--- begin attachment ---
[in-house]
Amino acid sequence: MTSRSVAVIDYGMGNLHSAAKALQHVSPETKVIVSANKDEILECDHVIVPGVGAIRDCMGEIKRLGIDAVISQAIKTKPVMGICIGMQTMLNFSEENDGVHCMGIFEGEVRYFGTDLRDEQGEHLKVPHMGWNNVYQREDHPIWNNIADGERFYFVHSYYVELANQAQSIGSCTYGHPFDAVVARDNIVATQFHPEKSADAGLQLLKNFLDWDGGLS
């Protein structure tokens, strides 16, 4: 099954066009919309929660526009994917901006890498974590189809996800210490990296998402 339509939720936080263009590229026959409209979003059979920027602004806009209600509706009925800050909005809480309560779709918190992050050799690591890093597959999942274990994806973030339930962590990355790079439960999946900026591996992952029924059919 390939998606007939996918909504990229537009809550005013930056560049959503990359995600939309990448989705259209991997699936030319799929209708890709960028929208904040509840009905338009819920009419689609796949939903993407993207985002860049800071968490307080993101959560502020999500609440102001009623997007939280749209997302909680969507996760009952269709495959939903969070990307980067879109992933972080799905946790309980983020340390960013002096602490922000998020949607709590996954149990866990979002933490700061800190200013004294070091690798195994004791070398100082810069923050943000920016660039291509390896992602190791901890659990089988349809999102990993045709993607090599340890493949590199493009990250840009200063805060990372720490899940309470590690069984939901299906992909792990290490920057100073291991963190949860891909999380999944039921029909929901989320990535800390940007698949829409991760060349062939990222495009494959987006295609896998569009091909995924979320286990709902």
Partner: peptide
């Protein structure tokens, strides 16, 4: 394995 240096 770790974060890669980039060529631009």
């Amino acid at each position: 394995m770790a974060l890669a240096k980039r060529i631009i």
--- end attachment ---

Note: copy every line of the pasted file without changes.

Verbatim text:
[in-house]
Amino acid sequence: MTSRSVAVIDYGMGNLHSAAKALQHVSPETKVIVSANKDEILECDHVIVPGVGAIRDCMGEIKRLGIDAVISQAIKTKPVMGICIGMQTMLNFSEENDGVHCMGIFEGEVRYFGTDLRDEQGEHLKVPHMGWNNVYQREDHPIWNNIADGERFYFVHSYYVELANQAQSIGSCTYGHPFDAVVARDNIVATQFHPEKSADAGLQLLKNFLDWDGGLS
């Protein structure tokens, strides 16, 4: 099954066009919309929660526009994917901006890498974590189809996800210490990296998402 339509939720936080263009590229026959409209979003059979920027602004806009209600509706009925800050909005809480309560779709918190992050050799690591890093597959999942274990994806973030339930962590990355790079439960999946900026591996992952029924059919 390939998606007939996918909504990229537009809550005013930056560049959503990359995600939309990448989705259209991997699936030319799929209708890709960028929208904040509840009905338009819920009419689609796949939903993407993207985002860049800071968490307080993101959560502020999500609440102001009623997007939280749209997302909680969507996760009952269709495959939903969070990307980067879109992933972080799905946790309980983020340390960013002096602490922000998020949607709590996954149990866990979002933490700061800190200013004294070091690798195994004791070398100082810069923050943000920016660039291509390896992602190791901890659990089988349809999102990993045709993607090599340890493949590199493009990250840009200063805060990372720490899940309470590690069984939901299906992909792990290490920057100073291991963190949860891909999380999944039921029909929901989320990535800390940007698949829409991760060349062939990222495009494959987006295609896998569009091909995924979320286990709902």
Partner: peptide
């Protein structure tokens, strides 16, 4: 394995 240096 770790974060890669980039060529631009």
């Amino acid at each position: 394995m770790a974060l890669a240096k980039r060529i631009i």